After two brutal years of COVID, where it felt like I couldn't even get executives to read my material, I was in a pretty dark place. At this point, I just wanted to know if things had gotten stale because of my work or something else.
That's when I got another wrench thrown into my wheels.
My manager was going to take some time away from the biz for personal reasons. He needed this, and I knew it was going to be good for him. But I also was getting married, the bills were mounting, and I didn't think I could afford to wait either.
So in April 2022, we decided to split up amicably. That left me without a rep for the first time in almost a decade.
The only thing I did have was an insane idea. I would get back on the Black List and try to start this Hollywood cycle all over again. This time, I would go in older, wiser, and more ready to seize the opportunities that came my way.
So we reached the whole question of this article...
How I got my script on the Black List without reps
Himbo came to me in a fever dream. I wanted to write something that made people pay attention. I wanted a stack-buster screenplay that got people to read the pages, not just the logline.
After two brutal COVID years where I thought I wrote the greatest scripts of my career, only to get no reactions, I wanted to make people react. I wanted to push buttons.
And the one genre that always produced a visceral reaction from me was erotic thrillers.
I had always been into those movies. As a kid obsessed with movies, they were sort of the first window into sexuality for me. They were about desire and danger and always had scary and suspenseful elements that made the story pop.
Criterion was running a Neo-Noir marathon, and the more I watched those movies, the more I saw how they had a lot of crossover with erotic thrillers. But the one thing I think both genres sort of missed was the comedy element.
A lot of these situations were darkly funny. There was mistaken identity and sex, and violence, but no one really wanted you to laugh.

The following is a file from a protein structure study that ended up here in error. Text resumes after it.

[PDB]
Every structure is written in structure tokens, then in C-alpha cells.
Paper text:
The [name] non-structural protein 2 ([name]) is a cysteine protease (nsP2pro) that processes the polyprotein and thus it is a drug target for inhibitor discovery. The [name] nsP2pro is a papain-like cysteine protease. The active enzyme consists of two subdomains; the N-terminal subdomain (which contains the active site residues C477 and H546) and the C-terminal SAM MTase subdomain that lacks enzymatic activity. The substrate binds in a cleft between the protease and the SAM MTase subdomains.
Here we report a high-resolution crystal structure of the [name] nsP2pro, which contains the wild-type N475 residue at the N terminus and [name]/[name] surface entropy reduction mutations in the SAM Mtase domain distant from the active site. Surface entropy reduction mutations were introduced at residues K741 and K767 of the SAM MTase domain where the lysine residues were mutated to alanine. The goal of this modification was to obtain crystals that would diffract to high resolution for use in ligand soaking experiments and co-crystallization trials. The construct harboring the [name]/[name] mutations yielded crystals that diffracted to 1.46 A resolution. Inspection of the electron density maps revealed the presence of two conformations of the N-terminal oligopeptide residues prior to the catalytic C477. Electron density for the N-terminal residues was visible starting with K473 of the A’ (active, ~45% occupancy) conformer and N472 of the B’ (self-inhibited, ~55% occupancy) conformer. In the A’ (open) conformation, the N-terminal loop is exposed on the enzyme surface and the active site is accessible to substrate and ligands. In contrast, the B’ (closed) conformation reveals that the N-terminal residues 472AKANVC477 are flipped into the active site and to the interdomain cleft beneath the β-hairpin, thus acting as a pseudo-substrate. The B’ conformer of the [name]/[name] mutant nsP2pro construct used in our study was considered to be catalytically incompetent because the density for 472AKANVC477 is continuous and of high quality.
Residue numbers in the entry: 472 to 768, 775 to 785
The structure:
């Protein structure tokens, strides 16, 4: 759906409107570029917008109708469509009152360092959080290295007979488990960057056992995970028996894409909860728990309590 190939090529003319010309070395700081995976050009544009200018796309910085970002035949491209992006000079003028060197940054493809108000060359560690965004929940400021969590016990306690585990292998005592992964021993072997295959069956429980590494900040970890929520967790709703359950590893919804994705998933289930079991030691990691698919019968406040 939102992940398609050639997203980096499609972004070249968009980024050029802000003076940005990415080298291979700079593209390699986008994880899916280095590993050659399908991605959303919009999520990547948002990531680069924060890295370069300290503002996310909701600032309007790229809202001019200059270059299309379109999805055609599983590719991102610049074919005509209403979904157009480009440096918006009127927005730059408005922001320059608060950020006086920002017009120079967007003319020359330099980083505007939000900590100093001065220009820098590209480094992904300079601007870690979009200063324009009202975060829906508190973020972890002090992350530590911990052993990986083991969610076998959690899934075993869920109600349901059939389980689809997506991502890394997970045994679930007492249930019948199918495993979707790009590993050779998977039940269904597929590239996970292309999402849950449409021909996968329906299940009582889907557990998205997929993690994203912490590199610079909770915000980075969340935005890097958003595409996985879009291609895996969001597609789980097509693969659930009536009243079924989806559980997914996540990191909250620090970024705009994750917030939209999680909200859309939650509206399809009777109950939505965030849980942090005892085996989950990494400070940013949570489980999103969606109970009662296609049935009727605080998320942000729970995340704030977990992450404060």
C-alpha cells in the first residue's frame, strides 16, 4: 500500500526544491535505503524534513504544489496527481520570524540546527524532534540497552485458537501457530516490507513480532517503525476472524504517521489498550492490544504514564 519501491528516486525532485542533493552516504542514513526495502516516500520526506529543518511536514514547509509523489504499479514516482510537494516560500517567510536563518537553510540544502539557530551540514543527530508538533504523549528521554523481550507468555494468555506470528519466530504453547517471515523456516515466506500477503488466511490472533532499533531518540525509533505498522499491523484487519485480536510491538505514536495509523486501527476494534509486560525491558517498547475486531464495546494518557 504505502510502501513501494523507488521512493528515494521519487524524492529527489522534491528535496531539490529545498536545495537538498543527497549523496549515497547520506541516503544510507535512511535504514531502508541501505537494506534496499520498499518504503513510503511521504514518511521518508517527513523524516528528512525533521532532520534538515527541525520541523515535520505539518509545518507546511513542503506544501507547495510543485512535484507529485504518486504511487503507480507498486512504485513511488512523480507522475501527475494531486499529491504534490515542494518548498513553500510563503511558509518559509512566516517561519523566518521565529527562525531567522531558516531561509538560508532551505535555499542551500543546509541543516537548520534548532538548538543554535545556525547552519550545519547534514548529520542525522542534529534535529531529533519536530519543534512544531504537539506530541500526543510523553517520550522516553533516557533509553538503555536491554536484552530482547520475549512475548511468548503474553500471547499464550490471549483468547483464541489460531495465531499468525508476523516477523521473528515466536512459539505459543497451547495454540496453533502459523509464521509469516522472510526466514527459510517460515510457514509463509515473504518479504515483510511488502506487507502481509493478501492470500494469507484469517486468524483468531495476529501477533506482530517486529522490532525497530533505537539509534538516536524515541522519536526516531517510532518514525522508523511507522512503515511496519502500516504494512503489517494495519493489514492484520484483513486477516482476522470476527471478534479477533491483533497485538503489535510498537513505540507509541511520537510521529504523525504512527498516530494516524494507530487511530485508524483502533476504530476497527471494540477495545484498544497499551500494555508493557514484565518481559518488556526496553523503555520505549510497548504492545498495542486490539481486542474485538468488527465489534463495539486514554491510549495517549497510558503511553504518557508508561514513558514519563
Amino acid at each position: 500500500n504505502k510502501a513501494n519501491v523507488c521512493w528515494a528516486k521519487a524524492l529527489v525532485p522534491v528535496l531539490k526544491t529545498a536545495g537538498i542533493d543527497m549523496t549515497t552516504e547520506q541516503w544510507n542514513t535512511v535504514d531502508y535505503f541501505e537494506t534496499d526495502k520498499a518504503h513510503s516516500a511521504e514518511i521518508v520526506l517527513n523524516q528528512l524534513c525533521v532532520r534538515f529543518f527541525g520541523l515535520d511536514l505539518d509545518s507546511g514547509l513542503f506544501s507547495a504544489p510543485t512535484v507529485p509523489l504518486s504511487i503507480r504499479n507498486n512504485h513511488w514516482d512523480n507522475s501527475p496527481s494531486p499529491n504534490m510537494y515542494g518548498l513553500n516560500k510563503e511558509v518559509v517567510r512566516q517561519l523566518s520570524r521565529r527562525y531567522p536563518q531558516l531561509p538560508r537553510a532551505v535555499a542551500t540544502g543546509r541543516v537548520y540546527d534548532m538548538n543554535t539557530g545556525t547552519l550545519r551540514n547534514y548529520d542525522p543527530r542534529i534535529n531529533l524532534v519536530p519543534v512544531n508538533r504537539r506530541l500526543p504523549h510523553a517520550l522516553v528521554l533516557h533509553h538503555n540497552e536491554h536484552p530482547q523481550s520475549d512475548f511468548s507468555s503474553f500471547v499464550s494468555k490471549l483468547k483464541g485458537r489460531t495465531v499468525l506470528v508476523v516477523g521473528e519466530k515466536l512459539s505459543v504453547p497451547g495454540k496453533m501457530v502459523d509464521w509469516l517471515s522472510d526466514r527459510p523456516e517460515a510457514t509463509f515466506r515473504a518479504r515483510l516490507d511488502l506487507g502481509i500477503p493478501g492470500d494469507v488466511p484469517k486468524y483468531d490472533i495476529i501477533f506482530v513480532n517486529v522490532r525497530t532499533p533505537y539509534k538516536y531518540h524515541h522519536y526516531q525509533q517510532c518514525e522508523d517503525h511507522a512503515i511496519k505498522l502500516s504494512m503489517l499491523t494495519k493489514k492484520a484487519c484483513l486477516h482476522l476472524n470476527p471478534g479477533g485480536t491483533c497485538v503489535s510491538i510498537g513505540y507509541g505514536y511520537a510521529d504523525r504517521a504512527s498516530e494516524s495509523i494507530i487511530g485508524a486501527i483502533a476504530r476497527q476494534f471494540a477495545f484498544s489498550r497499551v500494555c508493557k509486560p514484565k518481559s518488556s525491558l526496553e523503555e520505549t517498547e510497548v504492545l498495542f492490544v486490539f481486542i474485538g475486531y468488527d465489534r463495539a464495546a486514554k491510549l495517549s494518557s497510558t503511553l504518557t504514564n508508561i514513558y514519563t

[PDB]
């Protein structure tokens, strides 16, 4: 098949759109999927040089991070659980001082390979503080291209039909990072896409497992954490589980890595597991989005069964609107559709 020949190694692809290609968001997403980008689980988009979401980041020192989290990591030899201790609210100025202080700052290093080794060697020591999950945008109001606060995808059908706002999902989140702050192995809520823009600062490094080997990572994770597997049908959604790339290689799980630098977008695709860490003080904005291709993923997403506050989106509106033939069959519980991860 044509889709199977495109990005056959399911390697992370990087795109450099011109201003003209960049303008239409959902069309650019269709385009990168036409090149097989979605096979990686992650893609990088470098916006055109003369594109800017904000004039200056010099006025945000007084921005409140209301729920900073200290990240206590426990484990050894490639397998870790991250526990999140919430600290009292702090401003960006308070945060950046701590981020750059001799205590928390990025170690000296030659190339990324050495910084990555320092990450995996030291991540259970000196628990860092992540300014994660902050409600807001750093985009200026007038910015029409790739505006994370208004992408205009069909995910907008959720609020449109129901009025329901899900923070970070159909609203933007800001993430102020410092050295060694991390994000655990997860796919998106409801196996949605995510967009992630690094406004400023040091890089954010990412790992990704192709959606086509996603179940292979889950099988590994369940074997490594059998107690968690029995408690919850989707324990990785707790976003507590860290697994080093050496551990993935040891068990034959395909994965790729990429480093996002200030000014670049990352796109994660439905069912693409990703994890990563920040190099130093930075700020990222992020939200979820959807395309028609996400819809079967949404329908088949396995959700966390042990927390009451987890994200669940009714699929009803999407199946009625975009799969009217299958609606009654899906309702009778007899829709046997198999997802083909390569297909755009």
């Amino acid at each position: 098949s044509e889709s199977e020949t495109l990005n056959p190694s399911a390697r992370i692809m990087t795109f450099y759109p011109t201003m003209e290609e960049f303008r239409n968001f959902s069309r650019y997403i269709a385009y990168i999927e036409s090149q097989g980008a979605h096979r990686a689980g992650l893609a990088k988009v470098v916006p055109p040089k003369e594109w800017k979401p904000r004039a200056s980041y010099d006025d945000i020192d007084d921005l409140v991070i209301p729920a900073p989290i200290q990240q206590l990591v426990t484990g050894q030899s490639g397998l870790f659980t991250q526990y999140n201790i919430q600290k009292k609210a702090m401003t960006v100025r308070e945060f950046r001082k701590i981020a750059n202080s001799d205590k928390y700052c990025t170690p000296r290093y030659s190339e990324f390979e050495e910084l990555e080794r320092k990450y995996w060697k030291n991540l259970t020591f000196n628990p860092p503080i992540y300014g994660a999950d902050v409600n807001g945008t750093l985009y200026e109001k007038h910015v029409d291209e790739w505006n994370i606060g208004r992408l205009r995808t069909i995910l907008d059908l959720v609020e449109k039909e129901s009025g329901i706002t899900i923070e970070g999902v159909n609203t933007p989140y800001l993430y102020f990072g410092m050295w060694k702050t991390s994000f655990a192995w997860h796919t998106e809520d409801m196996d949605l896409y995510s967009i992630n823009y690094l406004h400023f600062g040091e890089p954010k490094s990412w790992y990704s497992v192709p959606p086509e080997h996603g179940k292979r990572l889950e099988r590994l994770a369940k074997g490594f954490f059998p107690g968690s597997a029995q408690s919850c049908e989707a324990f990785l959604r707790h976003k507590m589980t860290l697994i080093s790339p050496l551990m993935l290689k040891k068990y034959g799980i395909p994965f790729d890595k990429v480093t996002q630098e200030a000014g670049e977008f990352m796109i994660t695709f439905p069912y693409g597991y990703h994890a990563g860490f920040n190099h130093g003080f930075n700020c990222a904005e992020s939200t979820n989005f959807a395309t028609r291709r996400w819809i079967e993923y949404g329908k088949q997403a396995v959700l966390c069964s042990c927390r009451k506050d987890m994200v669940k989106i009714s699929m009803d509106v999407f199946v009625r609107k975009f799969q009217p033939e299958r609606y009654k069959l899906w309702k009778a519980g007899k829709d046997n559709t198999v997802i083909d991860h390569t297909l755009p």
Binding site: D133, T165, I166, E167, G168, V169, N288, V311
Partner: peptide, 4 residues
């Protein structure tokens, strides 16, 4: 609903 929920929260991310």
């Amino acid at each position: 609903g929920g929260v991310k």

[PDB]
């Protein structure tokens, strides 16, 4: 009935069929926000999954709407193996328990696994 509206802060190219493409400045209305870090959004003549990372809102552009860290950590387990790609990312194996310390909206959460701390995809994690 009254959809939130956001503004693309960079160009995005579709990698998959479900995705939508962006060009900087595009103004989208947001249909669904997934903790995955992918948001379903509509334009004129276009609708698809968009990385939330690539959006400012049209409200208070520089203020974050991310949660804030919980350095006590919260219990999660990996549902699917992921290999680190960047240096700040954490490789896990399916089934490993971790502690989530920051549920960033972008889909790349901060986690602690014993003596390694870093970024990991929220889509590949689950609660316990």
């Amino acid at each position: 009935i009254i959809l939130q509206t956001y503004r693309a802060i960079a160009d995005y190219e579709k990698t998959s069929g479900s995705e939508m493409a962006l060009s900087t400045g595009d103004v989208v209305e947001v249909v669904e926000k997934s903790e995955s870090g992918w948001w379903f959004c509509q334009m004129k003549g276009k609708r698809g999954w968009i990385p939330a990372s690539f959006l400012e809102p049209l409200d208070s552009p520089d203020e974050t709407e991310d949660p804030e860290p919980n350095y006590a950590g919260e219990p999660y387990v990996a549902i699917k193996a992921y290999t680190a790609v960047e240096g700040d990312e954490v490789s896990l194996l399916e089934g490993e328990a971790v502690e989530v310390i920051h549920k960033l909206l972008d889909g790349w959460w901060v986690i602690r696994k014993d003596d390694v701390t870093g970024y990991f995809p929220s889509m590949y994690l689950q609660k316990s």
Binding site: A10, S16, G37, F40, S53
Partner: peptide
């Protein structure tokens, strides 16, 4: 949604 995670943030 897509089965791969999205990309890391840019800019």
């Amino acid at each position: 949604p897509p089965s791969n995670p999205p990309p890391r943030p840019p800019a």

As I did my research on the genres, I came to a rewatch of Blood Simple, a movie I had not seen since college. The Coens are some of my favorite filmmakers of all time. And I think that movie has such a good, tight structure. I wound up writing the beats of that movie out onto a notecard while watching it. It seemed simple enough. It was a simple plot that felt complicated because of the characters inside it.
I sat and thought about what I would do with those beats. I knew the Coens had played with a similar idea in The Big Lebowski, which takes the general plot of The Big Sleep and infuses their own characters and situations around it.
Why not try it with Blood Simple?
I took the general idea of jilted lovers plotting to kill one another, moved the setting to Scottsdale, Arizona, and started to fill in the blanks. Instead of the bar in that movie, I wanted to use a male strip club called Hot Dawgs.
This was my voice channeling the things I loved about these kinds of movies and the things I hated about Hollywood. Over the last decade, I felt like Hollywood put me through the wringer and sort of pimped me out for their own pleasure. This was a movie about a dumb stripper fighting back. And that made it personal for me.
I created my own characters, backstories, and stakes, and I pulled in a few tropes of the erotic thriller as well. Lots of sex scenes. Plus, a lot of heart.
After I finished the first draft, I paid for some screenplay coverage.
I think I used the Black List three times, until I got 7s on it and knew it wasn't the worst screenplay ever. And I knew it got better from their notes. It was a surreal experience. Once I got their notes, I refined them more and more. I had a few close personal friends go over the script with me.
When I thought it was in a good place, I began to send it out to people.